where the last inequality holds for the unit ball of any norm on $\R^n$ (and, indeed, $d_{\nu,\infty}$ is a distance induced by a norm on $\R^n$), as you show in Homework #1.

• Putting everything together. Now \eqref{eq:ent1} and \eqref{eq:ent2} in conjunction give

$\sum_{h \geq 0} 2^{h/2} e_h(B_F, d_{\nu,\infty}) \lesssim \log(n) \sqrt{n \frac{\log M}{M}} + \sum_{h > 4 \log_2 n} 2^{-2^h/n} \sqrt{\frac{n}{M}} \lesssim \sqrt{n (\log n)^2 \frac{\log M}{M}}\,.$

Combining this with \eqref{eq:nucomp} and \eqref{eq:dudley} gives

$\E_{\e} \max_{F(x) \leq 1} \sum_{j=1}^m \e_j \frac{f_{\nu_j}(x)}{M \rho_{\nu_j}} \lesssim \sqrt{n (\log n)^2 \frac{\log M}{M}} \left(\max_{F(x) \leq 1} \tilde{F}_{\nu}(x)\right)^{1/2}.$

Therefore by setting $M \seteq C \frac{n}{\e^2} (\log n)^2 \log(n/\e)$ for an appropriate constant $C > 1$, \eqref{eq:Fapprox} gives us our desired $\e$-approximation.

## The covering lemma

Before proving the lemma, it helps to consider the more basic problem of covering the Euclidean ball $B_2^n$ by translates of $\e B_{\infty}^n$, i.e., by translates of small cubes.

Suppose $\|x\|_2^2 = x_1^2 + x_2^2 + \cdots + x_n^2 = 1$. Since we only care about approximation up to $\e$ in the $\ell_{\infty}$ distance, we could discretize this vector to lie in, say, $\e \mathbb{Z}^n \cap B_2^n$.

The most basic kind of vector we need to cover is of the form $(0, \pm \e, 0, 0, \pm \e, 0, \pm \e, 0, \ldots, 0)$. Because $\|x\|_2^2 = 1$, there are only $n^{O(1/\e^2)}$ choices for such a vector. But we also need to handle vectors of the form $(0, \pm 2\e, 0, 0, \pm \e, 0, \pm 2\e, 0, \ldots, 0)$, and so on.

It is not hard to convince one’s self that there are asymptotically fewer vectors of this form. Ineed, if some entry is $2\e$ then there are $n$ choices for where it goes, but there are $n(n-1)/2$ choics for where two copies of $\e$ go. Thus the total number of centers one needs is only $n^{O(1/\e^2)}$.

In other words,

$\left(\log \mathcal{N}(B_2^n, \|\cdot\|_{\infty}, \e)\right)^{1/2} \lesssim \frac{1}{\e} \sqrt{\log n}\,.$

Now suppose we wanted to cover $B_2^n$ instead with cubes of different side lengths, or with parallelpipeds (where the sides are no longer perpendicular), etc. There is a beautiful approach that gives surprisingly good bounds for cover $B_2^n$ by translations of an arbitrary symmetric convex body. (I have heard it credited to Talagrand, or to Pajor and Talagrand.)

• The dual-Sudakov approach.

We will prove the following substantial strengthening of this bound. Suppose that $d(x,y) = \|x-y\|$ is a distance induced by some norm $\norm{\cdot}$ on $\R^n$. Then for every $\e > 0$,

$$$\label{eq:dual-sudakov} \left(\log \mathcal{N}(B_2^n, d, \e)\right)^{1/2} \lesssim \frac{1}{\e} \E \|\mathbf{g}\|\,,$$$

where $\mathbf{g}$ is a standard $n$-dimensional gaussian.

Note that this proves the Covering Lemma since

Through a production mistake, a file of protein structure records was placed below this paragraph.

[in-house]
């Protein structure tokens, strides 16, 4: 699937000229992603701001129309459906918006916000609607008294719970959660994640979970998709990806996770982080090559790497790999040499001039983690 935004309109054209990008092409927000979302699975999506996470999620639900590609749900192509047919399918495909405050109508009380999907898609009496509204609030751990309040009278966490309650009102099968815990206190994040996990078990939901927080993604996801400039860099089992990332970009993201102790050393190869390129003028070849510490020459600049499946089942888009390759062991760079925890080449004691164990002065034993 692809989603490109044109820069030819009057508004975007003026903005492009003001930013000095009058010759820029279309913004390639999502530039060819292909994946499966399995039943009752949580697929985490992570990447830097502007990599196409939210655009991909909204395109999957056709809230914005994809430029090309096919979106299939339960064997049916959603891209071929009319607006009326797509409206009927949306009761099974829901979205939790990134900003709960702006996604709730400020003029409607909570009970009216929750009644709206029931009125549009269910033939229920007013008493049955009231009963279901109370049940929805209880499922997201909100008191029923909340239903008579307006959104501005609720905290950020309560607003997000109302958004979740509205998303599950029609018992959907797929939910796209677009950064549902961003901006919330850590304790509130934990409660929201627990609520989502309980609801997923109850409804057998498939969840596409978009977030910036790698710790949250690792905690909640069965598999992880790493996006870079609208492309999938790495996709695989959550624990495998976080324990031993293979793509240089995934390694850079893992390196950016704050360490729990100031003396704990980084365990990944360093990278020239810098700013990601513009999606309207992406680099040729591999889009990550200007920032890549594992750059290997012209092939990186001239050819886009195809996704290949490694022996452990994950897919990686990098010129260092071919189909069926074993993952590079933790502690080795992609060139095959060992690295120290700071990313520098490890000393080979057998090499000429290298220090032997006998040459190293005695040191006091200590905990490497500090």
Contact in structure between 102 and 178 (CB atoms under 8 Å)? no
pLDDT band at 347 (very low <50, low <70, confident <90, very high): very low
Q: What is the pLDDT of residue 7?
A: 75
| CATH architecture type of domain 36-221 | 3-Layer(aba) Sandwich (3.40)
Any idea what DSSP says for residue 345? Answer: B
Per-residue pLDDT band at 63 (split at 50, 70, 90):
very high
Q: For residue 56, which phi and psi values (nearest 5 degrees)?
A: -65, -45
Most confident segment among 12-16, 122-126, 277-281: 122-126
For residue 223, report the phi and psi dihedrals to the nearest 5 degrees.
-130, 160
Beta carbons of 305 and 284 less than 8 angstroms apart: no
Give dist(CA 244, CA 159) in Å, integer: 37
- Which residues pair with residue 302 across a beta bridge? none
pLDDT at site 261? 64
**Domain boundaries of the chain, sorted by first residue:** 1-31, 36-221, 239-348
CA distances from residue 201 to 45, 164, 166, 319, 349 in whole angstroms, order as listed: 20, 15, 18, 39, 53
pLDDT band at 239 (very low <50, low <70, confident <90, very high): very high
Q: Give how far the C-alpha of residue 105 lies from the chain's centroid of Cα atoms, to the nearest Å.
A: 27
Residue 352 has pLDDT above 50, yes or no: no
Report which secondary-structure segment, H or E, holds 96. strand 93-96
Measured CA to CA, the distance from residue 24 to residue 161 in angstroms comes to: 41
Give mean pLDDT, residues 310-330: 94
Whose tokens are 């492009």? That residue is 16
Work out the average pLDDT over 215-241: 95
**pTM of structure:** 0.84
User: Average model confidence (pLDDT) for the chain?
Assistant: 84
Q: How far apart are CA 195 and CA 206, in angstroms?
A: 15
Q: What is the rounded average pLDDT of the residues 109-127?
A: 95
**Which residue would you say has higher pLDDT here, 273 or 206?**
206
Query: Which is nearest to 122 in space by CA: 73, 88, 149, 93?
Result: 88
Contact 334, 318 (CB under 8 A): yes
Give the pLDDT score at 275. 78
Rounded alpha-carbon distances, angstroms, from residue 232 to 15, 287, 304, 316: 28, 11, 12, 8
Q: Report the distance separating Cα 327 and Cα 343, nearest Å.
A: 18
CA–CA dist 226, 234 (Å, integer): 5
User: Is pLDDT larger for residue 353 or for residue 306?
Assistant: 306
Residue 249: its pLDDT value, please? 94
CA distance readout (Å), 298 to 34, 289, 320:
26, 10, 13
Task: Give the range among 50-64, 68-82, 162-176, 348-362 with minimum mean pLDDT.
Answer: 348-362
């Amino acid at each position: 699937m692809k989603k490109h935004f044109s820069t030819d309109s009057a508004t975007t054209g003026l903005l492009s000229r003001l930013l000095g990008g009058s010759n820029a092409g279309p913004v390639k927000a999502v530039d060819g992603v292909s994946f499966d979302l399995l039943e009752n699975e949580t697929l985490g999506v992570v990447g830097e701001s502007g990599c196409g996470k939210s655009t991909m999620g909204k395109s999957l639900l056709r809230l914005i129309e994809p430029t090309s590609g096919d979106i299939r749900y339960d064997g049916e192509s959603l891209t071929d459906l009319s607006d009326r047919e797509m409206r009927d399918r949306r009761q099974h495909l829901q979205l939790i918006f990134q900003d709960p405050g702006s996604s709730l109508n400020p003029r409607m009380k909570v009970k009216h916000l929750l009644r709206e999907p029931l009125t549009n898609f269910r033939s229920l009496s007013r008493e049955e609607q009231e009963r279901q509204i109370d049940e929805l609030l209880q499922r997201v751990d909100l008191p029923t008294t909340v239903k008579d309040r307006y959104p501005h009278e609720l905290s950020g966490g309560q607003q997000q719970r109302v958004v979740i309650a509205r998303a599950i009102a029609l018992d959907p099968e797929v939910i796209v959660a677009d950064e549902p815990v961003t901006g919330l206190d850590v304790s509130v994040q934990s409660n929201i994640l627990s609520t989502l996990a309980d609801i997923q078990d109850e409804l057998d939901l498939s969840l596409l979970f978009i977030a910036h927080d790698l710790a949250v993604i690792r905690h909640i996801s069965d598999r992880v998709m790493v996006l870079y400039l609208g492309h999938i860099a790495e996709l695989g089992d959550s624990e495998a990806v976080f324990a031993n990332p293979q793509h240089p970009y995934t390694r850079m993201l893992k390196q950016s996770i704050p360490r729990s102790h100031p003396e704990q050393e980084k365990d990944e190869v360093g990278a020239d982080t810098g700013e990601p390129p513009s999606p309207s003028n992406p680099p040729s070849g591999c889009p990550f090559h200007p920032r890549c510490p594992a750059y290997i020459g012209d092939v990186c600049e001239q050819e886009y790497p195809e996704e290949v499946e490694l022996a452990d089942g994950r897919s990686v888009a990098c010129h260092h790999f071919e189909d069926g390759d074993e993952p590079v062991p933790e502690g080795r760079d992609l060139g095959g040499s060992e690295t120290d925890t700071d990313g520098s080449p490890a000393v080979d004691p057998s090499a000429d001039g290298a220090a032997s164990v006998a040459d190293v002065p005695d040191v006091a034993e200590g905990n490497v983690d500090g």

$\E \|U \mathbf{g}\|_{\infty} = \E \max_{j \in [M]} |\langle u_j, \mathbf{g}\rangle| \lesssim \max(\|u_1\|_2,\ldots,\|u_M\|_2) \sqrt{\log M}\,.$

The last bound is a basic exercise with the gaussian tail, taking a union bound over the $M$ gaussian variables $\{ \langle u_j,\mathbf{g} \rangle : j \in [M] \}$.

• Shift Lemma: Suppose that $\gamma_n$ is the standard gaussian measure on $\R^n$ and $W \subseteq \R^n$ is any symmetric set ($W = -W$) and $z \in \R^n$. Then,

$\gamma_n(W+z) \geq e^{-\|z\|_2^2} \gamma_n(W)\,.$
• Proof: Write

\begin{align*} \gamma_n(W+z) &\propto \int_W e^{-\|x+z\|_2^2/2}\,dx \\ &= \E_{\sigma \in \{-1,1\}} \int_W e^{-\|\sigma x + z\|_2^2}\,dx \\ &\geq \int_W e^{-\E_{\sigma \in \{-1,1\}} \|\sigma x + z\|_2^2}\,dx\,, \end{align*}

where the first equality uses symmetry of $W$ and the second uses convexity of $e^{-y}$.

Now note that from Pythagoras, $\E_{\sigma \in \{-1,1\}} \|\sigma x + z\|_2^2 = \|x\|_2^2 + \|z\|_2^2$, therefore

$\int_W e^{-\E_{\sigma \in \{-1,1\}} \|\sigma x + z\|_2^2}\,dx = e^{-\|z\|_2^2} \int_W e^{-\|x\|_2/2} \propto e^{-\|z\|_2^2} \gamma_n(W)\,.$
• Proof of \eqref{eq:dual-sudakov}:

Let $B \seteq \{ x \in \R^n : \|x\| \leq 1 \}$ denote the unit ball in our given norm. By scaling, we can assume that $\e = 2$.

If we cannot cover $B_2^n$ by $N$ translates of $2 B$, then there must exist $x_1,\ldots,x_N \in B_2^n$ such that $x_1 + B, \ldots, x_N + B$ are all pairwise disjoint. Let $\lambda > 0$ be a parameter we will choose momentarily, and note that $\lambda (x_1+B),\ldots, \lambda(x_N+B)$ are pairwise disjoint as well, therefore

\begin{align*} 1 \geq \gamma_n\left(\bigcup_{i \leq N} \lambda (x_i+B)\right) &= \sum_{i \leq N} \gamma_n\left(\lambda (x_i+B)\right) \\ &\geq \gamma_n(\lambda B) \sum_{i \leq N} e^{-\lambda^2 \|x_i\|_2^2/2} \\ &\geq \gamma_n(\lambda B) N e^{-\lambda^2/2}\,, \end{align*}

where the first inequality uses the Shift Lemma and the second inequality uses $x_1,\ldots,x_N \in B_2^n$.

Now note that, by Markov’s inequality, $\E \|\mathbf{g}\| \geq \lambda \gamma_n(\R^n \setminus (\lambda B))$, thus taking $\lambda \seteq 2 \E \|\mathbf{g}\|$ gives $\gamma_n(\lambda B) \geq 1/2$, and we conclude that

$N \leq 2 e^{-2 (\E \|\mathbf{g}\|)^2}\,,$

completing the proof.